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Epicureanism | Britannica.com
Epicureanism, in a strict sense, the philosophy taught by Epicurus (341–270 bce). In a broad sense, it is a system of ethics embracing every conception or form of life that can be traced to the principles of his philosophy.
Epicureanism - Wikipedia
Epicureanism is a system of philosophy based upon the teachings of the ancient Greek philosopher Epicurus, founded around 307 BC. Epicurus was an atomic materialist, following in the steps of Democritus.
Epicureanism - ReligionFacts
Epicureanism is an ancient Greek philosophical system taught by Epicurus. It emphasized the goal of a happy and content life in the here and now, rejecting both superstitous fear of the gods and notions of an afterlife.
Epicureanism - By Branch / Doctrine - The Basics of Philosophy
Epicureanism is a system of philosophy based on the teachings of Epicurus, founded around 307 B.C. It teaches that the greatest good is to seek modest pleasures in order to attain a state of tranquillity, freedom from fear ("ataraxia") and absence from bodily pain ("aponia").
Epicureanism | Define Epicureanism at Dictionary.com
Epicureanism definition, the philosophical system or doctrine of Epicurus, holding that the external world is a series of fortuitous combinations of atoms and that the highest good is pleasure, interpreted as freedom from disturbance or pain. See more.
Epicureanism - definition of epicureanism by The Free ...
epicureanism - a doctrine of hedonism that was defended by several ancient Greek philosophers doctrine, ism, philosophical system, philosophy, school of thought - a belief (or system of beliefs) accepted as authoritative by some group or school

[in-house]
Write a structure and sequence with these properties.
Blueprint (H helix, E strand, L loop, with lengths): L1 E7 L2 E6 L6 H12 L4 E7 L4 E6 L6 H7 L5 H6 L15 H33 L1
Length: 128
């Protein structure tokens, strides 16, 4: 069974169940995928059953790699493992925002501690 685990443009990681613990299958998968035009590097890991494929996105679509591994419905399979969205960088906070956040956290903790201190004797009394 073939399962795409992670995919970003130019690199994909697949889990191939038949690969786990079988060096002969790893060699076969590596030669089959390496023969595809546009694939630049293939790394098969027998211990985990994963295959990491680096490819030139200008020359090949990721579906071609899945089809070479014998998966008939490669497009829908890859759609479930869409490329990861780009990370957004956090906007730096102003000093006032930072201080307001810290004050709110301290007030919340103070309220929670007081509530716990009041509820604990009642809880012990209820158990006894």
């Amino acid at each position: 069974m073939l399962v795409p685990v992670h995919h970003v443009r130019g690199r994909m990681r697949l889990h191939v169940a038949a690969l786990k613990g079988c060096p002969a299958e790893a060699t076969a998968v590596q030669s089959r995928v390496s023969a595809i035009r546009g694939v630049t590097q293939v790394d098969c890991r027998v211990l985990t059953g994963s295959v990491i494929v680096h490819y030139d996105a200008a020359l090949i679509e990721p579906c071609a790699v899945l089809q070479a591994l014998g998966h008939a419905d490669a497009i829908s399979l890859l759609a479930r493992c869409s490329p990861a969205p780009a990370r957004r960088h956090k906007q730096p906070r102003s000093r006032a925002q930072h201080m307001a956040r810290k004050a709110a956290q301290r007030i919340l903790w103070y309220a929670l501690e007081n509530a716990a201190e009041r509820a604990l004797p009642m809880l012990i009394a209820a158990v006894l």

Epicureanism | Definition of Epicureanism by Merriam-Webster
Epicureanism definition is - the philosophy of Epicurus who subscribed to a hedonistic ethics that considered an imperturbable emotional calm the highest good and whose followers held intellectual pleasures superior to transient sensualism.
Epicureanism - Lander University
Epicureanism is an incomplete ethics and requires supplementation. How should we regard community virtues such as justice, societal good, and pleasure for others? How should we regard community virtues such as justice, societal good, and pleasure for others?
Epicurus (Stanford Encyclopedia of Philosophy)
The philosophy of Epicurus (341–270 B.C.E.) was a complete and interdependent system, involving a view of the goal of human life (happiness, resulting from absence of physical pain and mental disturbance), an empiricist theory of knowledge (sensations, together with the perception of pleasure and pain, are infallible criteria), a description of nature based on atomistic materialism, and a ...
Epicurus - Official Site
The Epicurus & Epicurean Philosophy web site is a modern on-line version of the Garden, introducing Epicureanism to both the serious student of philosophy and to anyone seeking useful and inspiring ideas, and helping to bring together those who are interested in it. Follow the links below to learn more about Epicurus and his philosophy!